Now, we told you these buttons were fantastic, and we weren't kidding around -- the positioning, responsiveness and flexibility impressed us at every turn. The four triggers on the left side have ridges aligned so that you can press any individual one just by slightly shifting your thumb, and the main left and right mouse buttons require so little effort to depress that you can activate them at the apex
of the mouse. With a single finger at the right point, you can press any of three left mouse buttons with a single touch -- with the proper grip, only G8, G11 and the dual-mode scroll wheel shifter require any effort to reach. Furthermore, every single button on the device is fully programmable to be a macro, keyboard key or Windows function and you can store and switch between five full profiles of these programmable buttons on the mouse itself, giving a fairly impressive (and admittedly difficult to remember) total of 65 different functions across three modes. We quickly whipped up a productivity mode with copy, paste, task switching, media remote buttons and web shortcuts mapped right to various keys on the mouse, and a gaming mode where we could switch sensitivity, instantly select weapons and reload. Of course, these could just as easily help a rogue rapidly put on a robe and wizard hat, we suppose.
Finishing up a lengthy test, we went right back to our aging Logitech MX518 mouse and Grado cans, and found them just as comfortable and pleasing to use as before -- they're not broken, and until they are we wouldn't spend nearly what Logitech's asking for the G930 and G700. But we do already miss the extra buttons and superb wireless sound. If you're due for an upgrade, only the slightly steep price, middling battery life and your-mileage-may-vary comfort concerns keep these both from being must-owns.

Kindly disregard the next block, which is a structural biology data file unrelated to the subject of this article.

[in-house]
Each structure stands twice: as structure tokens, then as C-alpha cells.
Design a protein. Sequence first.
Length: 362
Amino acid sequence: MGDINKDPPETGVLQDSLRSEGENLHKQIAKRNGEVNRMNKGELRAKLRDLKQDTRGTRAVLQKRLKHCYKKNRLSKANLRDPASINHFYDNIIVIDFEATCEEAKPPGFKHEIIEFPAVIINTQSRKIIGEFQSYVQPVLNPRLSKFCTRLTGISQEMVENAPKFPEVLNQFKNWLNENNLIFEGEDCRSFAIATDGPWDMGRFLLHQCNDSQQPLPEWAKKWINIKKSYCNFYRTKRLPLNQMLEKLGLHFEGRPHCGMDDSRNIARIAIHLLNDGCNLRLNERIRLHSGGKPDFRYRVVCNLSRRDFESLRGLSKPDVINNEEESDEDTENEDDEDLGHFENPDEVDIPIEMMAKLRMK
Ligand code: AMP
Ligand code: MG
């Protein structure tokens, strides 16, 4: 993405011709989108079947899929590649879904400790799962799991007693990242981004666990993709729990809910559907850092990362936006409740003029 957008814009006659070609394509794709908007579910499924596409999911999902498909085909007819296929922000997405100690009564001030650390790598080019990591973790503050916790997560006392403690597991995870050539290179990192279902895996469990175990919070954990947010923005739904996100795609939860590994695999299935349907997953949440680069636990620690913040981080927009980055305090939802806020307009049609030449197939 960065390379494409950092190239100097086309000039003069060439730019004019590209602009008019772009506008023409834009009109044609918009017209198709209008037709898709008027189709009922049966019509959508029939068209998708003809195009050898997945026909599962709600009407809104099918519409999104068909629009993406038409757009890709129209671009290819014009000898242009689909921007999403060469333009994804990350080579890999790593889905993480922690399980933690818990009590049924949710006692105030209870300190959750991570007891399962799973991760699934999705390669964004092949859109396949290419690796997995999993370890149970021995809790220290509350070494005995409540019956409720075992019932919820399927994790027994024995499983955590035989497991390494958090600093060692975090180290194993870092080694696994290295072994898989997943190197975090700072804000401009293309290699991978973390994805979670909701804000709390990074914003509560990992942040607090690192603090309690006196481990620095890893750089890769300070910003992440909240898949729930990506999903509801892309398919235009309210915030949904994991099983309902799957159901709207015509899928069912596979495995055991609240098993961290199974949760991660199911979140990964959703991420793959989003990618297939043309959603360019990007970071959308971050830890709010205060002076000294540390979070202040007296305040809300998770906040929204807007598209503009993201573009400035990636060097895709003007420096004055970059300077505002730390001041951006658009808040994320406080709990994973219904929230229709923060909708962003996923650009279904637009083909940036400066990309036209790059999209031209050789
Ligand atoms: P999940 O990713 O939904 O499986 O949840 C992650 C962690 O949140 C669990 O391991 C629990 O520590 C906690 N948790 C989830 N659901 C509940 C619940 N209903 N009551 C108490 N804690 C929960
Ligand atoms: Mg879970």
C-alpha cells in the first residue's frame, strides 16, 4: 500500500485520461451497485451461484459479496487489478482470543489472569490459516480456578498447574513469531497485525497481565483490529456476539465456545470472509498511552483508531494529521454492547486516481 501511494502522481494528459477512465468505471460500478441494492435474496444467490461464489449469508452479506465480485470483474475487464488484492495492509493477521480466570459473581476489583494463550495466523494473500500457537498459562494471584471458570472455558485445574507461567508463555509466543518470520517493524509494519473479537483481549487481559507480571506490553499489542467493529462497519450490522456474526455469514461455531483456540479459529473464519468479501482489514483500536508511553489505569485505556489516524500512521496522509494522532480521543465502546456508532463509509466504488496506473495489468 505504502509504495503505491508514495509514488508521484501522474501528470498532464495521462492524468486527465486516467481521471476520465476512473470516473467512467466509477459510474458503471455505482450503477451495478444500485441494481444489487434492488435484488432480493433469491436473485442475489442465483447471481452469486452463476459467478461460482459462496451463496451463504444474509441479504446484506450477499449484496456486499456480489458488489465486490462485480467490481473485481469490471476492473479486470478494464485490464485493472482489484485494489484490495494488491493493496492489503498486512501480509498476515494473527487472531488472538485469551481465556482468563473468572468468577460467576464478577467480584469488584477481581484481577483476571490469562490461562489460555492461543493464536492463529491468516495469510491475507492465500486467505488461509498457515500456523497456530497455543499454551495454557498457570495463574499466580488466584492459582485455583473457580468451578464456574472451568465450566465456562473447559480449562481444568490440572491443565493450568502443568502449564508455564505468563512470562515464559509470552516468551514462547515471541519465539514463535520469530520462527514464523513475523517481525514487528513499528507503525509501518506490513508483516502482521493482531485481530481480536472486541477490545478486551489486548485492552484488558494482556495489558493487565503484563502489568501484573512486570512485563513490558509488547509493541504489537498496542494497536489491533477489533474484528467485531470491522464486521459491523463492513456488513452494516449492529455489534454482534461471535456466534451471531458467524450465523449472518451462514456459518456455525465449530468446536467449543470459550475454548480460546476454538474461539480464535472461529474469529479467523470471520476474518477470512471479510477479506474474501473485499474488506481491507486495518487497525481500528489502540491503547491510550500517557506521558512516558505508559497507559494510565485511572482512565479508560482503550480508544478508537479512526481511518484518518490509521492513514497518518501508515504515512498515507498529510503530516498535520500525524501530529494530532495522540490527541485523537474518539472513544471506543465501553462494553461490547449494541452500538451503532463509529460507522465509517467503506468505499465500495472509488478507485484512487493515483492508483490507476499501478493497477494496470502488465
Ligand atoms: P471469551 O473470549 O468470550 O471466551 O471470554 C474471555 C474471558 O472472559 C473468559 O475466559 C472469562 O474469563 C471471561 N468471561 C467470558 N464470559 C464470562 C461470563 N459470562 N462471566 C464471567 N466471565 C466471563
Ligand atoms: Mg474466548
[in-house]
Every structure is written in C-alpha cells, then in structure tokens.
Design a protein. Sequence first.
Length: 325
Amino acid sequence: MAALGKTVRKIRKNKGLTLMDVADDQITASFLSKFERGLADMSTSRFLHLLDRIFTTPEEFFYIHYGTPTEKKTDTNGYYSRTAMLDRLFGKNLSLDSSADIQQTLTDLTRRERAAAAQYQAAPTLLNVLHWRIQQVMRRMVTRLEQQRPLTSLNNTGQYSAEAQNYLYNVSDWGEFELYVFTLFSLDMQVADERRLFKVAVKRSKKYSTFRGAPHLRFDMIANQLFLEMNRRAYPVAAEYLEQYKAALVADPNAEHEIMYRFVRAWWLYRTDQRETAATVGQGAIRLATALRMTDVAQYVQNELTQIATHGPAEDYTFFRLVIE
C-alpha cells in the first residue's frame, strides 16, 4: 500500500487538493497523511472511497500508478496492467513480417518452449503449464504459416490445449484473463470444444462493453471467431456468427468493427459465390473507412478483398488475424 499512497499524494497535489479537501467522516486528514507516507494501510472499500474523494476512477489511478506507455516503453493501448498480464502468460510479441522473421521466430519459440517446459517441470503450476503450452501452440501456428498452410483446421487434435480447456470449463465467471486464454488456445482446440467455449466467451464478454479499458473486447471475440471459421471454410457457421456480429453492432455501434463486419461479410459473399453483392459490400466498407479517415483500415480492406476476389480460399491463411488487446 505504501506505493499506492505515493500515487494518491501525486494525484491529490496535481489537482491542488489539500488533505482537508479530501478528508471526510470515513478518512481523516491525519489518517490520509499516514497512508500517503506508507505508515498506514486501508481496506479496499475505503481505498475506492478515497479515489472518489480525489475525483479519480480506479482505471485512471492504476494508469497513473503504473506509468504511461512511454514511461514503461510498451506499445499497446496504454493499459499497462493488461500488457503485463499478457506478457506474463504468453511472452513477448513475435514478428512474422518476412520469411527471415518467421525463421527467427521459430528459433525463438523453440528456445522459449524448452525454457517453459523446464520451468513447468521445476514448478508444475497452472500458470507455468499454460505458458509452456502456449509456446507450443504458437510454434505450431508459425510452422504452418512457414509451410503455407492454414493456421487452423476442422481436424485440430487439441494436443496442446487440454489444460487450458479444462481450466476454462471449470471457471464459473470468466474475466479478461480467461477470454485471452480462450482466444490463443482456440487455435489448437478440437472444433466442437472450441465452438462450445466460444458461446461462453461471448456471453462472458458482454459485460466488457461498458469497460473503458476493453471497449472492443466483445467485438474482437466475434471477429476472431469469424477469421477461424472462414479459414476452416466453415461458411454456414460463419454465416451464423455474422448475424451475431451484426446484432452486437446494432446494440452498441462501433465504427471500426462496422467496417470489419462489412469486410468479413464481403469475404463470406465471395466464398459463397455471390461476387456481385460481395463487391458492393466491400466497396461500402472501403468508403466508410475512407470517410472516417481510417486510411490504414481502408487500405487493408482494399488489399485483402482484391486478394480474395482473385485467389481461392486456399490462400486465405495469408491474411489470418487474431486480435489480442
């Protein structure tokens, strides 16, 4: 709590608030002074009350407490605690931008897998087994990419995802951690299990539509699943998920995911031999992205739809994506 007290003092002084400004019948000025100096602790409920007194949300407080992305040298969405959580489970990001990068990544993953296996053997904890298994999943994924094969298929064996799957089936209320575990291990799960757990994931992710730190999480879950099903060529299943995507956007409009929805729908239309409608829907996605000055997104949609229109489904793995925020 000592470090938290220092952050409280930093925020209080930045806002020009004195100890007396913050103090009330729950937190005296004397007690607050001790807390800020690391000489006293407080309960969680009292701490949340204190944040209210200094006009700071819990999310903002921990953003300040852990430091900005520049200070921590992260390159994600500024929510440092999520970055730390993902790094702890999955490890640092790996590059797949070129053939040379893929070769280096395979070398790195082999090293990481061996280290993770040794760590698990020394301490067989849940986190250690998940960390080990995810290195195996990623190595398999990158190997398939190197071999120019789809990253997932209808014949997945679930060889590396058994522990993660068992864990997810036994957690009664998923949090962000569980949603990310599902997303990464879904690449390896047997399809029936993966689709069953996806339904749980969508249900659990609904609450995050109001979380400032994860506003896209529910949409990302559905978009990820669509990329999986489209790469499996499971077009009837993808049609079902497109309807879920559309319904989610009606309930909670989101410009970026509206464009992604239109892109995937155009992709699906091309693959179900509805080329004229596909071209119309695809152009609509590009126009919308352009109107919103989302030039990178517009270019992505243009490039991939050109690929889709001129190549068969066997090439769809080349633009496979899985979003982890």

Our bad, the red LED on the end of the mic is
a carryover from the G35. Also, in case you're wondering, both devices work perfectly well with Mac as plug-and-play USB peripherals, though you won't be able to program buttons or enjoy Dolby surround without hacking your own drivers.
: While the G930 headset doesn't have dedicated hardware for either function, Logitech informs us that a low battery notification is indeed available using the companion desktop software, and you can always program one of the three G keys to be an audio mute if that's what you desire. The G700 mouse, meanwhile, has
space for five
onboard profiles, not just three, and you can keep track of which one's active by looking at those three LEDs on the left side.